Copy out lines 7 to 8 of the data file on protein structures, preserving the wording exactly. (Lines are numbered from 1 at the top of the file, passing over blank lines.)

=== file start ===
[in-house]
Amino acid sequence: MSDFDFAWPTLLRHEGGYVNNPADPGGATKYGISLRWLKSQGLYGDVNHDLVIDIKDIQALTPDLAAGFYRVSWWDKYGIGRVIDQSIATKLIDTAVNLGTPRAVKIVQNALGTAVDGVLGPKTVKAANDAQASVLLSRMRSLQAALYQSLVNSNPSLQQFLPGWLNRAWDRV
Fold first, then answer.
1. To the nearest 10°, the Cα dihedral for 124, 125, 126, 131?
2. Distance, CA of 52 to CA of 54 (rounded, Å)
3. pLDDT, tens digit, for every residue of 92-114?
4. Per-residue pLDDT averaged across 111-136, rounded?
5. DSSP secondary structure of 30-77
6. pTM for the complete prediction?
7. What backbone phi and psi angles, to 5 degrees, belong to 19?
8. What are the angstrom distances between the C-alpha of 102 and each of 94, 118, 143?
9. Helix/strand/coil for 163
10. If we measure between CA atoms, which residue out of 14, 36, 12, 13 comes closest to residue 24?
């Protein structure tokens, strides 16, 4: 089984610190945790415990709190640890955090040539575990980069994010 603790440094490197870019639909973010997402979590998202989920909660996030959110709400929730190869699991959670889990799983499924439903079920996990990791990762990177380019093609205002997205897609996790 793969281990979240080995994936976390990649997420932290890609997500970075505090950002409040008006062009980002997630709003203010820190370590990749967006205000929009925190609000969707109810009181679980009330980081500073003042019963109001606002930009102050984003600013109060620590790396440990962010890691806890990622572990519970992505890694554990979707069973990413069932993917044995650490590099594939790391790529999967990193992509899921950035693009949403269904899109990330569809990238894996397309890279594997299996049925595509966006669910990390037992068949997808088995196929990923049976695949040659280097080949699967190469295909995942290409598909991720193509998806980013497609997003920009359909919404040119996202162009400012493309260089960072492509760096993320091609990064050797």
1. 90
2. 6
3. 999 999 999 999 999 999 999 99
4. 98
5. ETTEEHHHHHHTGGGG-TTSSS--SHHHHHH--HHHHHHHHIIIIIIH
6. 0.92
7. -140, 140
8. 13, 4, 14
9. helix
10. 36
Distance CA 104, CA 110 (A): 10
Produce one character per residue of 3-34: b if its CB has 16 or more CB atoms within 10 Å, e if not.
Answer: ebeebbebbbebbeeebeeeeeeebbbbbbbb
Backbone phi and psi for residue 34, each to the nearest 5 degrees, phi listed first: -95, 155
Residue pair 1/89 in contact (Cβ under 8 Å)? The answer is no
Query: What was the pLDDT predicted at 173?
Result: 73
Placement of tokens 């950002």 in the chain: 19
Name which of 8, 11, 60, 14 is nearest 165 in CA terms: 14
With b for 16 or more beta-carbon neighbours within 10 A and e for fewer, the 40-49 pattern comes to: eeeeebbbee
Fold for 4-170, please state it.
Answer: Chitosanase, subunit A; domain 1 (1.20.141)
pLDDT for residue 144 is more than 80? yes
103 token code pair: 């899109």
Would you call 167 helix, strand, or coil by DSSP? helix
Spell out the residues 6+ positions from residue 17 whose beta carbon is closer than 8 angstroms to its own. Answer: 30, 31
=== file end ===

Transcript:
4. Per-residue pLDDT averaged across 111-136, rounded?
5. DSSP secondary structure of 30-77